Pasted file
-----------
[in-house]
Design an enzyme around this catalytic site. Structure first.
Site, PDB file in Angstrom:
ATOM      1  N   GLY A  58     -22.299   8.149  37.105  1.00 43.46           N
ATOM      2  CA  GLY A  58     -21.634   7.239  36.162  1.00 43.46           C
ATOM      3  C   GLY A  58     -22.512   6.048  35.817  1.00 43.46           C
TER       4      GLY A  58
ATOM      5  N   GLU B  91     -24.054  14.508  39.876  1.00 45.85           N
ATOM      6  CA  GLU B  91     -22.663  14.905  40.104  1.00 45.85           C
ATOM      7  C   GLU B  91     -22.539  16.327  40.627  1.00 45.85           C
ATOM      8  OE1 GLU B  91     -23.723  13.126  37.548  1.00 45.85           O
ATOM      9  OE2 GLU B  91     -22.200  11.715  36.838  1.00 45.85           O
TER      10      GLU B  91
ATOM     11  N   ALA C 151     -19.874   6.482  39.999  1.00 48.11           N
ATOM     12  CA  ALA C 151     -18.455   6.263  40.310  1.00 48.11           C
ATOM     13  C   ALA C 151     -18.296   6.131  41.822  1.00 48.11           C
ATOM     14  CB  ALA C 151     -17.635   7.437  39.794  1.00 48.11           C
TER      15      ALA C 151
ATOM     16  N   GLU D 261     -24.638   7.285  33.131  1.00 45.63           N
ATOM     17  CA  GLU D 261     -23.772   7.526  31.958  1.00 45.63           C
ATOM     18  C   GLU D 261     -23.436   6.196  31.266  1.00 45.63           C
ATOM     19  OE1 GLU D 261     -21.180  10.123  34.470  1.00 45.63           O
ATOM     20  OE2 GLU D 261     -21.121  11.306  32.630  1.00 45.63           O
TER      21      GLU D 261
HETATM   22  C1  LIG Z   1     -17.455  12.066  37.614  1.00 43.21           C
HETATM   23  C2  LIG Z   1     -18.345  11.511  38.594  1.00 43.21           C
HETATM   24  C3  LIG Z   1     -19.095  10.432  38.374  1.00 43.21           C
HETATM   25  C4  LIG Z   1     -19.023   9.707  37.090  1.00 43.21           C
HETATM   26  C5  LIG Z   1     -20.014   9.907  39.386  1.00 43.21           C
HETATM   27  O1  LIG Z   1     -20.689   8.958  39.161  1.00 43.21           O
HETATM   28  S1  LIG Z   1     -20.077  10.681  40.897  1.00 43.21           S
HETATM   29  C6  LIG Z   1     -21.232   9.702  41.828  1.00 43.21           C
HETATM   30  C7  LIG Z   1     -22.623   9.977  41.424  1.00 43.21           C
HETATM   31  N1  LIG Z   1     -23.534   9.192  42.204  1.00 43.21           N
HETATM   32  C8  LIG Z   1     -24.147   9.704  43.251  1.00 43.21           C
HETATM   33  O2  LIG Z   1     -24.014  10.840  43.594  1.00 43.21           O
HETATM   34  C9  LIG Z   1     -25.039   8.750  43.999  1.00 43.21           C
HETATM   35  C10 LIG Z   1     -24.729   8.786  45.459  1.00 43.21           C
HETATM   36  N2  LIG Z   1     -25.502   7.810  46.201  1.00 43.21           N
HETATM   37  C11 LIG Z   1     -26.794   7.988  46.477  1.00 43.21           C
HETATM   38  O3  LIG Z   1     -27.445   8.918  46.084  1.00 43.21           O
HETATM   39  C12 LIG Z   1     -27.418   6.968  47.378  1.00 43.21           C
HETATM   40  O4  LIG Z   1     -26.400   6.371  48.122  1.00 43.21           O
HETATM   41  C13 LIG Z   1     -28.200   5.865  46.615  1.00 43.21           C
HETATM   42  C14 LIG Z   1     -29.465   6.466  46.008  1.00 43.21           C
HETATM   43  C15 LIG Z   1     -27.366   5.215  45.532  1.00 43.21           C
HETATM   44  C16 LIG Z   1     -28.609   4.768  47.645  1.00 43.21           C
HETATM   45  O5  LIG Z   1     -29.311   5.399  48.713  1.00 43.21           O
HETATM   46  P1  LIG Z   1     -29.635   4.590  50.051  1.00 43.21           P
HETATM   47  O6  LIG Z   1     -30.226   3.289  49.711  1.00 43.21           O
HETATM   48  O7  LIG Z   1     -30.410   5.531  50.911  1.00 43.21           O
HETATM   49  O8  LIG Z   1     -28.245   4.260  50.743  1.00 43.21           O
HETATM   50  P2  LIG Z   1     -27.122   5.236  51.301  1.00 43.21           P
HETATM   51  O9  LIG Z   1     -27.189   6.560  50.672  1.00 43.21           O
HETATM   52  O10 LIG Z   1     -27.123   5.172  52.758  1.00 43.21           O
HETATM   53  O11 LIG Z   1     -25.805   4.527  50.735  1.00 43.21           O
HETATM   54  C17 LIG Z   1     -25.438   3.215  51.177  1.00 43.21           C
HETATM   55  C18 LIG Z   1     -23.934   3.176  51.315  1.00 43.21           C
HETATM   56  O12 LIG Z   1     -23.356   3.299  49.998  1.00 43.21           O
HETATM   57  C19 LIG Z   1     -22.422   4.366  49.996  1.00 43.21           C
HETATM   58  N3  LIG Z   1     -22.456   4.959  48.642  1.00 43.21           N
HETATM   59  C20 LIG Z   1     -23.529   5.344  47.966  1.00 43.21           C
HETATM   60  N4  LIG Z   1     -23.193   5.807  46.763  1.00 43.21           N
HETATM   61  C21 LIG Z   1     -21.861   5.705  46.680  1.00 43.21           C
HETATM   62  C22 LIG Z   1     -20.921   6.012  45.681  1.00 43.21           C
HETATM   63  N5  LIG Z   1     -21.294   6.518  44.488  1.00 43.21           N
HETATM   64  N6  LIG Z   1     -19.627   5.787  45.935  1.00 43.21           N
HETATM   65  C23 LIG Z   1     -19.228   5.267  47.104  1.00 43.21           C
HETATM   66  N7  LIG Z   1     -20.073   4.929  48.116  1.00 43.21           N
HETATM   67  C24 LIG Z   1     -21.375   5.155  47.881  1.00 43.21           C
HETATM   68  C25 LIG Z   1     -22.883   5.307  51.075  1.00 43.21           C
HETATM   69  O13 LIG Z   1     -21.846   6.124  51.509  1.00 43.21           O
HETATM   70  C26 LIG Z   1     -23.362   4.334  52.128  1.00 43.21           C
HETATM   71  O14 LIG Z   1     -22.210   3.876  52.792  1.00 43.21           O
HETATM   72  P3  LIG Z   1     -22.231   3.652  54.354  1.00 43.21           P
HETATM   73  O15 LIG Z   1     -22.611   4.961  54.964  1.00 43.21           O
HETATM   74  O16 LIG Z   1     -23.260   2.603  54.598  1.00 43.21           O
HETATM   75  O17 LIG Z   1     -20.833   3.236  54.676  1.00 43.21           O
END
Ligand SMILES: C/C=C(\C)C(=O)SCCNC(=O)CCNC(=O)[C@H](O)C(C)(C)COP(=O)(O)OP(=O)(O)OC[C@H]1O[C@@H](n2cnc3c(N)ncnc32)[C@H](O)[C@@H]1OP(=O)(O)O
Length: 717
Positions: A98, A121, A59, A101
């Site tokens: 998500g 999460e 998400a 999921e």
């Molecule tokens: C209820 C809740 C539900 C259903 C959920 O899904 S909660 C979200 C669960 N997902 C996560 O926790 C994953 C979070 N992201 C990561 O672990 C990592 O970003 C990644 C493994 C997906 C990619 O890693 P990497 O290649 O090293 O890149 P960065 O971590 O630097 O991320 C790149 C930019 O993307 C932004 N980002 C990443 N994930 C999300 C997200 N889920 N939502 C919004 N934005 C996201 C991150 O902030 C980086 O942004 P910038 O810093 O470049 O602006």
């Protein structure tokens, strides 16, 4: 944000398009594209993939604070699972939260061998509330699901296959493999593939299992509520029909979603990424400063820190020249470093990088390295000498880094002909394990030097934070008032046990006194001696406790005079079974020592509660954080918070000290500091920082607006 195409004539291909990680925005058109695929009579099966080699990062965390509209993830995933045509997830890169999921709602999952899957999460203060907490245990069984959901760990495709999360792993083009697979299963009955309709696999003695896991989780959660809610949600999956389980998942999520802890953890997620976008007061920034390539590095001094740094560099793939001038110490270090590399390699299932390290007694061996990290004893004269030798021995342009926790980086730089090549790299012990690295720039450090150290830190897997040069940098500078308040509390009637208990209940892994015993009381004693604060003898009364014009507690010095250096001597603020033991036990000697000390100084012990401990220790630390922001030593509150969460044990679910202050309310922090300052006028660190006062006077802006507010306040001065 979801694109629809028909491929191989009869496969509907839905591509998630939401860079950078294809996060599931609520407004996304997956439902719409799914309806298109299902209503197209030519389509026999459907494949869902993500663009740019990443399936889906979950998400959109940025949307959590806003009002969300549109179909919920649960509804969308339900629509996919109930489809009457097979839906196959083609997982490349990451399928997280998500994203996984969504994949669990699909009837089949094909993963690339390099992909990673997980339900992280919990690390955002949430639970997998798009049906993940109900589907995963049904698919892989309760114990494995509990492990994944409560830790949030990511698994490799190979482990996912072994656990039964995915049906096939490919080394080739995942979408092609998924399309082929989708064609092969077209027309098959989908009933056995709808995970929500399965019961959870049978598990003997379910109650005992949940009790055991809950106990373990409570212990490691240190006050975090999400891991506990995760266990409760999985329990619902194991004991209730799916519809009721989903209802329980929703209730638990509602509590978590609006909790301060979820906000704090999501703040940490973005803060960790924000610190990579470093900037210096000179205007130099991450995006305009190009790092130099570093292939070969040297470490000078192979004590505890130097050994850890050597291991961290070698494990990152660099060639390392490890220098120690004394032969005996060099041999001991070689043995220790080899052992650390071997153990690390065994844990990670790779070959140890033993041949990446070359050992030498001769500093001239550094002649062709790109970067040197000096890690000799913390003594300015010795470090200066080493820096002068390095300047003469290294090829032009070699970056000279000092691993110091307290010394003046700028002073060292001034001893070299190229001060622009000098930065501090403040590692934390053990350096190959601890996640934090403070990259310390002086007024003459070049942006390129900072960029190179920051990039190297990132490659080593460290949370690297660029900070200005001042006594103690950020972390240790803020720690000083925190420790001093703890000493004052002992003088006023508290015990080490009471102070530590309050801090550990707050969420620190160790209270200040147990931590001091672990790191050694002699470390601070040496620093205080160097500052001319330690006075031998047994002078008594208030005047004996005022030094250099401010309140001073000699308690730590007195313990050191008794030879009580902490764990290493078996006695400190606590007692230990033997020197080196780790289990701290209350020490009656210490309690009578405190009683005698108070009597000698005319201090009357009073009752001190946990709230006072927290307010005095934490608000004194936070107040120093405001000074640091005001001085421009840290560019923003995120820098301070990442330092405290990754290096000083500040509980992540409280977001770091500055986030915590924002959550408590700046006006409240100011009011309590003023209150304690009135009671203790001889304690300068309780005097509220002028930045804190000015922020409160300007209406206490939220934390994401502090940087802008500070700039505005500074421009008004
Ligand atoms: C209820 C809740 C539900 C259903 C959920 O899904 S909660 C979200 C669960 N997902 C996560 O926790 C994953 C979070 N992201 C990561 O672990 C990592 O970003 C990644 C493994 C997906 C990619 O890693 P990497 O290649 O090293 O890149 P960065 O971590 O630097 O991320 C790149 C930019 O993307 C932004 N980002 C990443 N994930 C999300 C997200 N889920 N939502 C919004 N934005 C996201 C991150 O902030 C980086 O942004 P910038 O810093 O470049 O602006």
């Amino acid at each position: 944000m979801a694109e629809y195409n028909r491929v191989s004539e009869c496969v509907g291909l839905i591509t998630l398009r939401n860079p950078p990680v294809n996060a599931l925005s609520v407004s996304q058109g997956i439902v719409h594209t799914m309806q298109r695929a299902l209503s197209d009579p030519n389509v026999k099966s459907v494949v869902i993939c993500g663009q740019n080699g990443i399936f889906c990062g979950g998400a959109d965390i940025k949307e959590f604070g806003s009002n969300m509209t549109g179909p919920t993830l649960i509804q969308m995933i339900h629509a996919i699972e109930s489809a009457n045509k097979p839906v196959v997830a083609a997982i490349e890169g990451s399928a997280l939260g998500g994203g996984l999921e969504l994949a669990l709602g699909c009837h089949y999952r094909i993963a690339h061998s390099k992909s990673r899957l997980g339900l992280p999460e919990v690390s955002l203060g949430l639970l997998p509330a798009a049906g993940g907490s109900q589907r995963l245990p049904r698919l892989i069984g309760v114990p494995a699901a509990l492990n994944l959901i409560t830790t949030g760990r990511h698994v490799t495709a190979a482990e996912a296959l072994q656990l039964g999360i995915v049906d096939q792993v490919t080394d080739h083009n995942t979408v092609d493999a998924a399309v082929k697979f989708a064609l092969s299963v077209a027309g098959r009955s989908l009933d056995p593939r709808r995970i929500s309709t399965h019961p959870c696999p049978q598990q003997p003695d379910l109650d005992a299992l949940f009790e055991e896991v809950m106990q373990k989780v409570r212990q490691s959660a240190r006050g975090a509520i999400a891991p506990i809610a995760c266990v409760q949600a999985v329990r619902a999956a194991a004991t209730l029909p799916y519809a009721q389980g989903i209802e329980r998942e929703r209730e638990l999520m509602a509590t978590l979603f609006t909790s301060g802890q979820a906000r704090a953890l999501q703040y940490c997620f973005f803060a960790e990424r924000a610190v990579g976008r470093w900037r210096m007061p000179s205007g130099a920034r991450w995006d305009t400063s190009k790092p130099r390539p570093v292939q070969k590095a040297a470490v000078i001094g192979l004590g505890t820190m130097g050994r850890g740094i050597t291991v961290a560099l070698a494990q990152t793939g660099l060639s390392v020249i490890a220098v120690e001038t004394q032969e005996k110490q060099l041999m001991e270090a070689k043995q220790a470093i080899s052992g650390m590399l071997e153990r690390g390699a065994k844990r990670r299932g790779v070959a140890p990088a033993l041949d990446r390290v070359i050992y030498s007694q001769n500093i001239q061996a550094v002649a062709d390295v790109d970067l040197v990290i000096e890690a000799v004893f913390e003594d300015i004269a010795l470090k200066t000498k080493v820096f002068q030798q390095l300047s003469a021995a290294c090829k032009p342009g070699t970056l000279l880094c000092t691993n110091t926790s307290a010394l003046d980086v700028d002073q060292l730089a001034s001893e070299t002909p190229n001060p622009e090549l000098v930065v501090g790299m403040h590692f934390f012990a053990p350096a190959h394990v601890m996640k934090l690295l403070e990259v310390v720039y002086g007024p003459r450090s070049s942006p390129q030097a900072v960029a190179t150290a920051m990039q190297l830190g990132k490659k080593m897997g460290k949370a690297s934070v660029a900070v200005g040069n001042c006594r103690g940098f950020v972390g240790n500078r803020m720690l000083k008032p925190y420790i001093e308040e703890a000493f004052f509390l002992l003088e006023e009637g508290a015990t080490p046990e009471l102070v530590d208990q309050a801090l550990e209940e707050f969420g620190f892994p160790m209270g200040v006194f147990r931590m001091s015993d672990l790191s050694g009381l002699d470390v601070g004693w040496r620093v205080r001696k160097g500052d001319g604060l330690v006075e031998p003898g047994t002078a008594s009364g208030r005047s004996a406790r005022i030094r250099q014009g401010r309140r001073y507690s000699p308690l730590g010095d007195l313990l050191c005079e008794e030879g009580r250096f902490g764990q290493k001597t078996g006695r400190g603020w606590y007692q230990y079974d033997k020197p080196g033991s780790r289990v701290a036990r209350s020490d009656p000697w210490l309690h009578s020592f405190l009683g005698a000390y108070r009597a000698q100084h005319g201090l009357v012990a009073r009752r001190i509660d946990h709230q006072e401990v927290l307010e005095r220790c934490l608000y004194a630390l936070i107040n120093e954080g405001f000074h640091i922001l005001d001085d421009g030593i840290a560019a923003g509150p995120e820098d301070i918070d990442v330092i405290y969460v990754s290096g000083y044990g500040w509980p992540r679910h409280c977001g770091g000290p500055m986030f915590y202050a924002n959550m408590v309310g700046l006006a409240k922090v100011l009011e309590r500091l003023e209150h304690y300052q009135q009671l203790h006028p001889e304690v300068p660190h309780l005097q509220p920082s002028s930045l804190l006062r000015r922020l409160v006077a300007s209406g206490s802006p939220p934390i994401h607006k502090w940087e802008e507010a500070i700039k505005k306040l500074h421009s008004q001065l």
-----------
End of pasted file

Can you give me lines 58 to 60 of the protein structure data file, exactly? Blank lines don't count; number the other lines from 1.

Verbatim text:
HETATM   55  C18 LIG Z   1     -23.934   3.176  51.315  1.00 43.21           C
HETATM   56  O12 LIG Z   1     -23.356   3.299  49.998  1.00 43.21           O
HETATM   57  C19 LIG Z   1     -22.422   4.366  49.996  1.00 43.21           C